Anti-Brexit protests
Recruiters are almost unanimous that Brexit is effecting hiring strategies. Reuters/Hannah McKay

It's a challenging hiring environment for UK businesses. The most recent ONS labour force statistics revealed that UK unemployment is at its lowest in 40 years. Meanwhile, organisations across the country are suffering from widening skills gaps - City & Guilds research earlier in the year found that a staggering nine in 10 employers struggle with skills shortages.

Businesses are finding it increasingly difficult to find, hire and retain the skilled professionals they need - and external factors like Brexit are likely to impact this further. LinkedIn Recruiter Sentiment found that 96% of recruiters think Brexit is impacting hiring strategies. And more recent LinkedIn research revealed that 45% of UK hiring managers believe that the UK is less attractive to international talent as a result of Brexit.

As a result of these market dynamics, organisations vying for the best of a limited talent pool have to get creative in how they address these challenges.

The good news is that the search for talent has completely evolved in recent years - and it's to both talent and businesses' advantage. Professionals are now benefiting from tens of millions of job postings across the internet, making it easier than ever to connect with employers and find the right role.

For businesses, the benefit is that more than 75% of the UK's working population can now be found online, providing billions of real-time insights on where to find the right talent. Before, companies had to "go with their gut" to answer questions like which organisations they were losing talent to, how their employer brand compares to their peers, and what's the best location to open a new office. Now, for the first time, they have real-time workforce insights available at their fingertips that is accurate, reliable, actionable.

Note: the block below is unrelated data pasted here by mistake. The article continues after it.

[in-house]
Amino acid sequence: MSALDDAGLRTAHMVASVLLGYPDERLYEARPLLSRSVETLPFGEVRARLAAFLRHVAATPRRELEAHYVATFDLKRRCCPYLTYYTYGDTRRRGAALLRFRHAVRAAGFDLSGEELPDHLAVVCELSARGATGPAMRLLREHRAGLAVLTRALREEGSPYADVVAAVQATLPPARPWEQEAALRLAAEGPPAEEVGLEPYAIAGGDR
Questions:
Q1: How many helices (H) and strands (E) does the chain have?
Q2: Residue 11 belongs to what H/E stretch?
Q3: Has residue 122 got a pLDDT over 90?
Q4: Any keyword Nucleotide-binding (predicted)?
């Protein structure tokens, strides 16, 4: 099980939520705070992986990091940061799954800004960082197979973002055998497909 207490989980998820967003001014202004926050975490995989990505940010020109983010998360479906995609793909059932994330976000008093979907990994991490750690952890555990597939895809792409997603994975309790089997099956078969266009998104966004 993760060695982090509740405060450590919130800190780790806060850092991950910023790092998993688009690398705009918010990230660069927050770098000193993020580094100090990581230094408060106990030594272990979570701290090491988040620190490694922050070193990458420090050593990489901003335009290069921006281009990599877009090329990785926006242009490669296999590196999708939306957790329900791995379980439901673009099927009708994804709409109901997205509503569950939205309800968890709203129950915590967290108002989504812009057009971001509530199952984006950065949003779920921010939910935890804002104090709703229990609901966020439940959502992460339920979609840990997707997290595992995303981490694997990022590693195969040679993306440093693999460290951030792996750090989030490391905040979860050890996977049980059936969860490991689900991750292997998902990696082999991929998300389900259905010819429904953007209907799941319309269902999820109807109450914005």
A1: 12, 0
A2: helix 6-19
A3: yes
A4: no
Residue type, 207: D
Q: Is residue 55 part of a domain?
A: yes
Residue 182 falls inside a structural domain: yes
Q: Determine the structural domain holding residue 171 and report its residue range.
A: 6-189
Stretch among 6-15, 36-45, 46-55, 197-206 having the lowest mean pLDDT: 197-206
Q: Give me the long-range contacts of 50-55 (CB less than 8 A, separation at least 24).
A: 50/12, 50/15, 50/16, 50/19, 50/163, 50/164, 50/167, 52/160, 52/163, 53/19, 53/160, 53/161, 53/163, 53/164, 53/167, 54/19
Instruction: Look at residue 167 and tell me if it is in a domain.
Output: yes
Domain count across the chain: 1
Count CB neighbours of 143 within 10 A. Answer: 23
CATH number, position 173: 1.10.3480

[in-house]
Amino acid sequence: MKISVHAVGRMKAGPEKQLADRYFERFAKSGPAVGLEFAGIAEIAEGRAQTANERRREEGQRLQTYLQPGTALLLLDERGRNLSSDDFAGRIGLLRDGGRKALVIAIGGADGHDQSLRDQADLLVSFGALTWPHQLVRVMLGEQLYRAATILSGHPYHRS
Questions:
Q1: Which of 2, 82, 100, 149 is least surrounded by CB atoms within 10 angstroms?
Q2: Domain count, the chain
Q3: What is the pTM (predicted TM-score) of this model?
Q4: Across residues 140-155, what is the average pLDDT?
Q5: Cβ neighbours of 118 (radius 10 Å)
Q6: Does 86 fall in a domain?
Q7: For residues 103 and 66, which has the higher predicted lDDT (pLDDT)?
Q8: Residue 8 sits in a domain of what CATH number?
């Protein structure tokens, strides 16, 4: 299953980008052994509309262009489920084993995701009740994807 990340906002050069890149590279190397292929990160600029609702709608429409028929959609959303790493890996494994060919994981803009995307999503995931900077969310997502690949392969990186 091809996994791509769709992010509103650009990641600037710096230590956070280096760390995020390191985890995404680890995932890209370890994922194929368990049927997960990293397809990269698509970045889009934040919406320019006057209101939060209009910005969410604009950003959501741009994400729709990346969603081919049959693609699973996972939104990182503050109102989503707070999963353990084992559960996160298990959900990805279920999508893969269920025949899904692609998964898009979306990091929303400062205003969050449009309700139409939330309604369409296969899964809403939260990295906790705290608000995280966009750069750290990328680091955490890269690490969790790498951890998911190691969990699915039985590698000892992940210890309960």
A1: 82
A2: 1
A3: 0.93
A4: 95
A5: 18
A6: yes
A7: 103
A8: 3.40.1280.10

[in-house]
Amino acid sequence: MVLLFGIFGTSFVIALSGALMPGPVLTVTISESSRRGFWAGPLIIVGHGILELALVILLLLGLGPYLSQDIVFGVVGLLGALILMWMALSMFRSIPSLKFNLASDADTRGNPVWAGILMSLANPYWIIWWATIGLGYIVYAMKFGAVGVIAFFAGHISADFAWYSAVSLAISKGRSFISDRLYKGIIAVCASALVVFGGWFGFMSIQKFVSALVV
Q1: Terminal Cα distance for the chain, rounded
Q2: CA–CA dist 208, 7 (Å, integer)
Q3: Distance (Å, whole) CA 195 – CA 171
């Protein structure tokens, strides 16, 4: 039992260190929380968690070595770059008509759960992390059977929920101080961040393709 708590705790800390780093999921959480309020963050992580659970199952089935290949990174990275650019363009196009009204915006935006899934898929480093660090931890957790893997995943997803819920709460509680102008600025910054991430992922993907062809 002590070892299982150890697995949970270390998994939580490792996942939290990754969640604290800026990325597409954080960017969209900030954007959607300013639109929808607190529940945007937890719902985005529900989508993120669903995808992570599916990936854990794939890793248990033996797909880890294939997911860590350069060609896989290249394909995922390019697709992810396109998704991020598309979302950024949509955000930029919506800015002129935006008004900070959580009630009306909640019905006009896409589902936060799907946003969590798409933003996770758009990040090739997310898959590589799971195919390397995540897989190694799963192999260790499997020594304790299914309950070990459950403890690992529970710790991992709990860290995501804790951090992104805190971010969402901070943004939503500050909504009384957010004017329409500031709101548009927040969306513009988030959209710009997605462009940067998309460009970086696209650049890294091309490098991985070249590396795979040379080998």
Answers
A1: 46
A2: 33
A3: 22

The challenge for many businesses remains - how to analyse and condense these millions of data points down into actionable insights. Our Global Recruiting Trends Report found that 70% of HR professionals think data could elevate their roles, but 42% say poor data quality is the biggest barrier. And from our latest report, The Rise of HR Analytics, we've learnt that only one in five businesses are actually making use of HR analytics in the UK, and just 11% have created a role dedicated to the function.

As the war for talent gets fiercer by the day, there is clear room for improvement to ensure that businesses and leaders elevate their hiring strategy and make talent decisions with confidence. Over the past year, we've seen a number of global companies who have been using workforce analytics to show its true worth. And we've found that insights can provide answers to much more than just talent acquisition.

Taco Bell Massachusetts
The latest data technology is now helping to guide important recruitment decisions. Brian Snyder/File Photo

Take Microsoft, for example. The company was looking to recruit a number of cybersecurity professionals, and originally planned to hire them in the company's Redmond headquarters. But the team had a gut feeling that there were other cities with larger pools of talent. Using workforce data-driven insights, they identified a talent-rich location where Microsoft had a very small office. Having these valuable insights meant business leaders knew they had to increase investment and headcount in that city. Not only did this inform - and continues to inform - the company's hiring strategy, Microsoft was able to hire the best talent, in the best location, while saving on relocation and compensation costs.

Or look at Intel's Polish team. The company was facing a shortage of software engineers in Gdansk, so decided upon an employer branding billboard campaign to attract engineering professionals from neighbouring cities. Business leaders used workforce insights to reveal high numbers of engineers in Krakow and Warsaw. They then analysed competitor data to find that talent in Warsaw was working across many different companies, whereas in Krakow it was largely concentrated in a few top organisations. Using the insights, Intel built a strategy to run a highly targeted billboard campaign in Krakow which led to a 20% increase in visits to Intel's careers site.

The benefits are clear and undeniable. We encourage business leaders to start putting data and insights at the heart of their talent strategies in order to stay competitive – and plan for - the current and future job market. Using workforce insights will help organisations to reinvent and improve every step of their recruitment process – allowing them to make better informed hiring decisions, while saving crucial time for strategic workforce planning.

At the moment, many companies aren't using these insights to their full potential, and while this trend is changing, it's not yet at the rate we would wish for. It'll be those who are using workforce insights in their strategies that'll be fighting fit to tackle Brexit, a tight labour market and widening skills gaps.

Jon Addison, Head of Talent Solutions at LinkedIn UK